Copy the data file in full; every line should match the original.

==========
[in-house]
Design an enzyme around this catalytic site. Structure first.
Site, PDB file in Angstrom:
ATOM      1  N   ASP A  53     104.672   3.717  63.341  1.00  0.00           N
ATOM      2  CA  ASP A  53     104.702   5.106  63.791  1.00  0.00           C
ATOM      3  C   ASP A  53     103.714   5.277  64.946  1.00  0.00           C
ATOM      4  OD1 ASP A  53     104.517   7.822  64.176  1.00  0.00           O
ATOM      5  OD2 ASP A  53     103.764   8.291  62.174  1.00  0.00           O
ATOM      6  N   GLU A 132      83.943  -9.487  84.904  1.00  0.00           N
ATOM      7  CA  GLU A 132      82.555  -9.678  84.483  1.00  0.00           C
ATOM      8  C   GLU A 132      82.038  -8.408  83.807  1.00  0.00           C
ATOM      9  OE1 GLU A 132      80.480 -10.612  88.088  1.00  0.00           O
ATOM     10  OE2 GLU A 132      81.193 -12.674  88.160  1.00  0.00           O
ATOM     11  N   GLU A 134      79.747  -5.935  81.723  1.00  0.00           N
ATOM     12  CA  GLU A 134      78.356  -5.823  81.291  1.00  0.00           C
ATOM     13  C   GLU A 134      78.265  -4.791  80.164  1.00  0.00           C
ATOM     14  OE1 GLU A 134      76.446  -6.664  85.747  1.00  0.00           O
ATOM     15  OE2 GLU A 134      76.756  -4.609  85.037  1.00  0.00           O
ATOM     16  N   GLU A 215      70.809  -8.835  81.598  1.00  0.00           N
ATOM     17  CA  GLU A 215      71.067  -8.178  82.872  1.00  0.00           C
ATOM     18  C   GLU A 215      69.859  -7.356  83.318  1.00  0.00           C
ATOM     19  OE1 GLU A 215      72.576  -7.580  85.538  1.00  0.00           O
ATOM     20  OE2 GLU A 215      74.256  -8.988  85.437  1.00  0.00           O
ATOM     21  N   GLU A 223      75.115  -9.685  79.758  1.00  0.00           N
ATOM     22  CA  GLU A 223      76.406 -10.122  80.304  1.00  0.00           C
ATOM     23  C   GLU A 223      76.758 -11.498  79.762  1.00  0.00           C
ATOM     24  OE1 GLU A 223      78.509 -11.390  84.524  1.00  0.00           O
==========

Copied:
[in-house]
Design an enzyme around this catalytic site. Structure first.
Site, PDB file in Angstrom:
ATOM      1  N   ASP A  53     104.672   3.717  63.341  1.00  0.00           N
ATOM      2  CA  ASP A  53     104.702   5.106  63.791  1.00  0.00           C
ATOM      3  C   ASP A  53     103.714   5.277  64.946  1.00  0.00           C
ATOM      4  OD1 ASP A  53     104.517   7.822  64.176  1.00  0.00           O
ATOM      5  OD2 ASP A  53     103.764   8.291  62.174  1.00  0.00           O
ATOM      6  N   GLU A 132      83.943  -9.487  84.904  1.00  0.00           N
ATOM      7  CA  GLU A 132      82.555  -9.678  84.483  1.00  0.00           C
ATOM      8  C   GLU A 132      82.038  -8.408  83.807  1.00  0.00           C
ATOM      9  OE1 GLU A 132      80.480 -10.612  88.088  1.00  0.00           O
ATOM     10  OE2 GLU A 132      81.193 -12.674  88.160  1.00  0.00           O
ATOM     11  N   GLU A 134      79.747  -5.935  81.723  1.00  0.00           N
ATOM     12  CA  GLU A 134      78.356  -5.823  81.291  1.00  0.00           C
ATOM     13  C   GLU A 134      78.265  -4.791  80.164  1.00  0.00           C
ATOM     14  OE1 GLU A 134      76.446  -6.664  85.747  1.00  0.00           O
ATOM     15  OE2 GLU A 134      76.756  -4.609  85.037  1.00  0.00           O
ATOM     16  N   GLU A 215      70.809  -8.835  81.598  1.00  0.00           N
ATOM     17  CA  GLU A 215      71.067  -8.178  82.872  1.00  0.00           C
ATOM     18  C   GLU A 215      69.859  -7.356  83.318  1.00  0.00           C
ATOM     19  OE1 GLU A 215      72.576  -7.580  85.538  1.00  0.00           O
ATOM     20  OE2 GLU A 215      74.256  -8.988  85.437  1.00  0.00           O
ATOM     21  N   GLU A 223      75.115  -9.685  79.758  1.00  0.00           N
ATOM     22  CA  GLU A 223      76.406 -10.122  80.304  1.00  0.00           C
ATOM     23  C   GLU A 223      76.758 -11.498  79.762  1.00  0.00           C
ATOM     24  OE1 GLU A 223      78.509 -11.390  84.524  1.00  0.00           O